Domestic Sluttery is changing! Visit our new homepage to check out our fabulous makeover.


Tuesday 27 August 2013

Gluten Free: Toffee Apple Mille-Feuille

Mille-Feuille literally means "thousand leaves" so this, with only three layers, is a rather conservative version. Normally made with puff pastry, my gluten free version uses shortcrust because, honestly, who has time to roll and fold butter into pastry all day? Gluten free bakery LoveMore used to make a GF puff pastry, but there were production issues so they had to discontinue it. It's one of the things I miss the most now that I'm gluten free and I do occasionally make it myself, but it's a palaver. This Mille-Feuille might more accurately be described as a 'toffee apple shortcake', but that sounds less impressive at dinner parties.

Admittedly, toffee apples are more of a Hallowe'en thing than a late August thing, but since you get them at carnivals and fairs, too, I feel justified in using them as inspiration, even 65 days before.

Toffee Apple Mille-Feuille (makes about 4)
You'll need:
  • 200g gluten free shortcrust pastry, I used Dietary Specials frozen pastry
  • 200g soft brown sugar
  • 200ml water
  • 2 tbsp golden syrup
  • ½ tsp cider vinegar
  • 3-4 crisp red apples, cut into 1cm cubes (put in water with a squeeze of lemon juice to stop them going brown)
  • 150ml double cream
  • a few blackberries, blackcurrants or raspberries, whatever's available
Make it!
  1. Preheat your oven to 190°C/375°F/gas mark 5.
  2. Roll the pastry (between two sheets of baking paper is the easiest way) out to about 2mm thick and cut into evenly sized rectangles (around 8cm x 5cm).
  3. Place the rectangles of a baking tray and bake for about 20 minutes, until crisp and golden brown. Leave to cool.
  4. Gently heat the brown sugar and water together in a saucepan until the sugar has dissolved and the water starts to bubble. Don't stir it, instead swirl the pan to mix.
  5. Remove from the heat and add the golden syrup and vinegar and put back on the heat. 
  6. Keep heating (and avoid stirring if you can - it's more likely to crystallise if you do) until it starts to bubble and thicken. If you have a sugar thermometer, you're waiting for it to get to 140°C/285°F .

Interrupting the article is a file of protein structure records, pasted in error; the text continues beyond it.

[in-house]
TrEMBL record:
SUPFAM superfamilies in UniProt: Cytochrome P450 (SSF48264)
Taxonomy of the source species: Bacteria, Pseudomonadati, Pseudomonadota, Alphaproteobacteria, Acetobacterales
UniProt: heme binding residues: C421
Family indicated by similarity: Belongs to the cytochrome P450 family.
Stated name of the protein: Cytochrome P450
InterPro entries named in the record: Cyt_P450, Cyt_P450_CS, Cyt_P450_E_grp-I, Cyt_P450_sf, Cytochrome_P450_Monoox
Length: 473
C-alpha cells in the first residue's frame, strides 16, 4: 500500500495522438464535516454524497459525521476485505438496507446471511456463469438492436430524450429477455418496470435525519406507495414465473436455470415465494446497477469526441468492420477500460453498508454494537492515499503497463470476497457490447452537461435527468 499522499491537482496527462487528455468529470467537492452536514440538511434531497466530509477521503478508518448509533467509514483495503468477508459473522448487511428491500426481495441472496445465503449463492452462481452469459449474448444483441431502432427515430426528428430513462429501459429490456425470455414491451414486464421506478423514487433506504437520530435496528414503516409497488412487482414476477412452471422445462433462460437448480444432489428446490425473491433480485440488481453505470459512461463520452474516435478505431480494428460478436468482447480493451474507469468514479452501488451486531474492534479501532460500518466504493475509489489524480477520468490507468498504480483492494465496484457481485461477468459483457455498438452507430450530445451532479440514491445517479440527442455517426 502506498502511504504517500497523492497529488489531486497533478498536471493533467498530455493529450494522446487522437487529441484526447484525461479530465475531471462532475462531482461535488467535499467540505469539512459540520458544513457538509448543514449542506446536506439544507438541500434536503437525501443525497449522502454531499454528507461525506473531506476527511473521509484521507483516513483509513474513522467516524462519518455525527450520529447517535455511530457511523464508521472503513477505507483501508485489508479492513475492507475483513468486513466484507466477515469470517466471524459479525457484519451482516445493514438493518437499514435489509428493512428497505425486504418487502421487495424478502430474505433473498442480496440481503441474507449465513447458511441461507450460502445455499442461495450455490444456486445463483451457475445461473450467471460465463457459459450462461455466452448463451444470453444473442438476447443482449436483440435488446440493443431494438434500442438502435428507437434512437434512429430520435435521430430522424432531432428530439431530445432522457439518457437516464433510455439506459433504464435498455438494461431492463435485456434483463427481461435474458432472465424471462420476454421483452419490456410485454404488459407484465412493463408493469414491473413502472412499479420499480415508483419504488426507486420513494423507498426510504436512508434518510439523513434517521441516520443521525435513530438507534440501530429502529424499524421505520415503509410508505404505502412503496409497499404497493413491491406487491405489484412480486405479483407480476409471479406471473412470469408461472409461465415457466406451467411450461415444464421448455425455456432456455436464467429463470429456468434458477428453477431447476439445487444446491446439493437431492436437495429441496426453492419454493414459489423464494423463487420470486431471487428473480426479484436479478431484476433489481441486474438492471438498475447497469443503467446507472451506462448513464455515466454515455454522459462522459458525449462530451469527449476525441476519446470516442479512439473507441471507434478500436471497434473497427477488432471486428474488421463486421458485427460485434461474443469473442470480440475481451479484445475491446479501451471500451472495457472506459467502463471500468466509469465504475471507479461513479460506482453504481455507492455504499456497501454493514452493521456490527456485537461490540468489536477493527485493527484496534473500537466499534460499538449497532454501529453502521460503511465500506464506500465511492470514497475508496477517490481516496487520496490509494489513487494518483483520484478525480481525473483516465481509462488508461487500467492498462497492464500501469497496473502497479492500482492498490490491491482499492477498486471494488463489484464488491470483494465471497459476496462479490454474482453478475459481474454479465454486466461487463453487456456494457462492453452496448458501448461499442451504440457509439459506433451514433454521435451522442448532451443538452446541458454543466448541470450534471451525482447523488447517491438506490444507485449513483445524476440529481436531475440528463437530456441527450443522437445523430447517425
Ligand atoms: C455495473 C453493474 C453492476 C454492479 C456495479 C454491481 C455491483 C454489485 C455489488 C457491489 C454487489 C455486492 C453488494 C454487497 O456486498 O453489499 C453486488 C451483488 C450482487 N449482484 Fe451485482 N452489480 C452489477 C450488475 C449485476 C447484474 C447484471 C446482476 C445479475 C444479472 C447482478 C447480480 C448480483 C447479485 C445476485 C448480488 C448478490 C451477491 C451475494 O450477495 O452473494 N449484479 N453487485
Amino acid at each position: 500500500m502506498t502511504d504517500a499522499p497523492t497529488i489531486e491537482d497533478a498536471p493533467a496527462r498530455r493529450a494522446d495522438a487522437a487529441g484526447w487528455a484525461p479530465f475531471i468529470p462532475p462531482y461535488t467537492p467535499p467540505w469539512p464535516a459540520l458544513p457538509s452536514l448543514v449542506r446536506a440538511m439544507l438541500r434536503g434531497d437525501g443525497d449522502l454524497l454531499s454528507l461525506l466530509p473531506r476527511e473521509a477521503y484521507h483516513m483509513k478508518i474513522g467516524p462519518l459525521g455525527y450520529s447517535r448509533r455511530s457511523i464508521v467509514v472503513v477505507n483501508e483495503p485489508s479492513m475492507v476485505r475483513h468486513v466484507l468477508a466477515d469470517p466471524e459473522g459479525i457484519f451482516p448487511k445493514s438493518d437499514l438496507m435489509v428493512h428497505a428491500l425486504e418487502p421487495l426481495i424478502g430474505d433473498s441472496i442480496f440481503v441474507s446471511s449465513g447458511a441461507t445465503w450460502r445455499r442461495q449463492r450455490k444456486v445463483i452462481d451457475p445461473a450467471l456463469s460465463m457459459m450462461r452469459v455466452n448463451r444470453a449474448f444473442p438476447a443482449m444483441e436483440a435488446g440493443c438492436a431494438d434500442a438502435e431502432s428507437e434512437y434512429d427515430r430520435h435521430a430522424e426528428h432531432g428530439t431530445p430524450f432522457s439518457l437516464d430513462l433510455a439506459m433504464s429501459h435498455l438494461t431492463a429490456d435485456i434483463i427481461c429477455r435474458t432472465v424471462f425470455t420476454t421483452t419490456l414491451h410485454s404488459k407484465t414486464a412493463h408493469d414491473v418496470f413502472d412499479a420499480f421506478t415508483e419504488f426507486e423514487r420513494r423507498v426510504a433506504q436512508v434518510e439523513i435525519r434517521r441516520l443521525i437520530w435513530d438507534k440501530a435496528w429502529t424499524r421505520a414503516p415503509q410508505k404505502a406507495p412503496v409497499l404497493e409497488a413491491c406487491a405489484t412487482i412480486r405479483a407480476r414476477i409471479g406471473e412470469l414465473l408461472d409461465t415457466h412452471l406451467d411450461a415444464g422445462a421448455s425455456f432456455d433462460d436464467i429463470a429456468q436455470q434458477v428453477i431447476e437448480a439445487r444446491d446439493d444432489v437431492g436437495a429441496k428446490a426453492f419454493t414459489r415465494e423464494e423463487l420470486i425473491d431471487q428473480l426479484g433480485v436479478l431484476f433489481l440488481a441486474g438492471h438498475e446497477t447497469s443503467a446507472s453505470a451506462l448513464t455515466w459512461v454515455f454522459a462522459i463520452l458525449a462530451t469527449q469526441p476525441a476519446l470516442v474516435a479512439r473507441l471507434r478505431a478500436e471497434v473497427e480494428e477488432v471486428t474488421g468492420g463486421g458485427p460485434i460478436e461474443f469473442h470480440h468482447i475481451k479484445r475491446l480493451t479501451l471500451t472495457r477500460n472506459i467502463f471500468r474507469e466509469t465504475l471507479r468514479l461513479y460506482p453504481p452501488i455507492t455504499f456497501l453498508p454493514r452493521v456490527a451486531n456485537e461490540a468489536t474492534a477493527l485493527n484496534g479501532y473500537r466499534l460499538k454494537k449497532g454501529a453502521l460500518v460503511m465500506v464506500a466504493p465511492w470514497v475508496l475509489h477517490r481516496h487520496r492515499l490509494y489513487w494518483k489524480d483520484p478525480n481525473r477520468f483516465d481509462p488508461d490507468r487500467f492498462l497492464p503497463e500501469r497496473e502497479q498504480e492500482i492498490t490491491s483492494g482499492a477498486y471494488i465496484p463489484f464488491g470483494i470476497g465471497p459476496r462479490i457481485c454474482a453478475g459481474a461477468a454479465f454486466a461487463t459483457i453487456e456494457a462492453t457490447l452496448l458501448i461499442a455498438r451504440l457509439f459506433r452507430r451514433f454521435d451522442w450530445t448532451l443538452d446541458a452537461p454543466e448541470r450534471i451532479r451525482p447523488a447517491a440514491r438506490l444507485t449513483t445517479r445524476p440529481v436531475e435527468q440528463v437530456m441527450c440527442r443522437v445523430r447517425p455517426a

7. When the syrup reaches hard crack stage – when it hardens instantly when you drop a little in cold water -  take a dessert spoon-full of the syrup and spread it out on some baking paper to a similar size as your pastry rectangles. Make four of these.
  8. Take the syrup off the heat, drain the apple cubes and add them to the syrup (it might spit so be careful). Coat the apple cubes in the syrup and pour out on to a sheet of baking paper and leave to cool.
  9. Whip the cream until it's just firm, but not stiff. If you have some Calvados, chuck a tablespoonful in there because, well, do you really need a reason to put booze in your desserts?
Putting it all together
  1. Start with a rectangle of pastry, a spot of cream on the plate will stop it from moving around.
  2. Spread a little cream over the pastry and place toffee apple cubes and berries over the surface. Dot a little more cream on top of the fruit. 
  3. Place the sugar-syrup rectangle on top and repeat the cream, apple and berry layer. 
  4. Top with a final piece of pastry and dust with a little icing sugar.
Serve immediately after building your Mille-Feuille, the hard toffee layer with start to soften if you wait too long to eat.

(I recently asked the guys from LoveMore if they'd bring back their puff pastry, and they said they'd love to, since it's the product most people ask about! Fingers crossed...)


  1. This looks gorgeous Caleigh! And fingers crossed for your puff returning too.

    1. Thanks! It would be like all my Christmases come at once (possibly a sign I need a hobby).


Note: only a member of this blog may post a comment.

Related Posts Plugin for WordPress, Blogger...